And finally, one thing you don't see the manufacturer touting as a virtue of this system is its efficiency. There's a good reason for this... it's not that efficient. Way back when I was in graduate school for technical theatre production, we had a couple of classes in physics and machinery for the stage, and one of the things I learned there was that for efficiency and reliability, it's hard to beat plain ol' roller chain and sprockets, of which a bicycle drive train is a prime example. In terms of energy lost in the process of transmitting power from point A to point B, few other transmissions are as efficient.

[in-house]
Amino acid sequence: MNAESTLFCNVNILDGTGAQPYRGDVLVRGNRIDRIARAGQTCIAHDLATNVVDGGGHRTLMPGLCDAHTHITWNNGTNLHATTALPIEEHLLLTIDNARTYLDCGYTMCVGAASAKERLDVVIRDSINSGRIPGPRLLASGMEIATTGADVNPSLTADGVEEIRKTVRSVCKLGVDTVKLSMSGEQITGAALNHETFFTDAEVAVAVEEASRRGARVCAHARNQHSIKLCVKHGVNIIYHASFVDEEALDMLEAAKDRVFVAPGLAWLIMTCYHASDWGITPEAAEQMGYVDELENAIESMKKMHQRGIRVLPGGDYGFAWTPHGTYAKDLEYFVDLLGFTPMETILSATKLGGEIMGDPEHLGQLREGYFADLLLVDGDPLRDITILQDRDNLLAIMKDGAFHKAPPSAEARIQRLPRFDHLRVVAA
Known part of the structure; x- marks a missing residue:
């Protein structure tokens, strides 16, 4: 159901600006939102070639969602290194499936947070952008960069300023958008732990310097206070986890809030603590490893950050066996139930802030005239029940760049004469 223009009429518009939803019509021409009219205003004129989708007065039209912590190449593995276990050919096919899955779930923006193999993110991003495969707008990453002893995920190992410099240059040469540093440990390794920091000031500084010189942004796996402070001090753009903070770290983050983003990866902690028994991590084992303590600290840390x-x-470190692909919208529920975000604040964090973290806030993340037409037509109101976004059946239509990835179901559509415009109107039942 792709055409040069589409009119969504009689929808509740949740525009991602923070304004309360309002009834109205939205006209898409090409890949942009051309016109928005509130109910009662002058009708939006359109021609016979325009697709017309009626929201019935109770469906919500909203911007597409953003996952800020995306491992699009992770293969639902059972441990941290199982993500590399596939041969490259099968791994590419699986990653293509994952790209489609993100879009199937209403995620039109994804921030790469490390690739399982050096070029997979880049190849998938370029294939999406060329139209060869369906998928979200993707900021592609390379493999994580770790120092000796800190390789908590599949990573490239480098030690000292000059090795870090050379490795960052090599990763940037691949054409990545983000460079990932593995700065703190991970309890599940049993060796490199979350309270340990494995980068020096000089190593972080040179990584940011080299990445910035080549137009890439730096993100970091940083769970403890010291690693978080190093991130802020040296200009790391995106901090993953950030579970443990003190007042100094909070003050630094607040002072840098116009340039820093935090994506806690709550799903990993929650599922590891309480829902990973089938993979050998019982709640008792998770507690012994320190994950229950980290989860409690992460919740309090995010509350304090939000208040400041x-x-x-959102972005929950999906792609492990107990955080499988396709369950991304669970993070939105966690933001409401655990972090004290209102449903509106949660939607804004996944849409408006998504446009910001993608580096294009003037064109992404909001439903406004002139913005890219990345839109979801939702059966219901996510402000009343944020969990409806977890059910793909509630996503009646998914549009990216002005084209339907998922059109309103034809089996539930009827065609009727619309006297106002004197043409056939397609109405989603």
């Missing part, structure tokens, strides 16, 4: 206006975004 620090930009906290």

So while there are certainly some benefits to the system, all in all, I'd rather have a chain drive bike, with perhaps a good chain guard or fully enclosed "chain case" to keep me clean. That way I can walk into any bike shop and get replacement parts or have it serviced without any concerns about the shop never having worked on one before. And I'll have a lighter, more efficient bike to boot.

The maker of this particular bike is a company called Dynamic Bicycles. Look for them on the web at: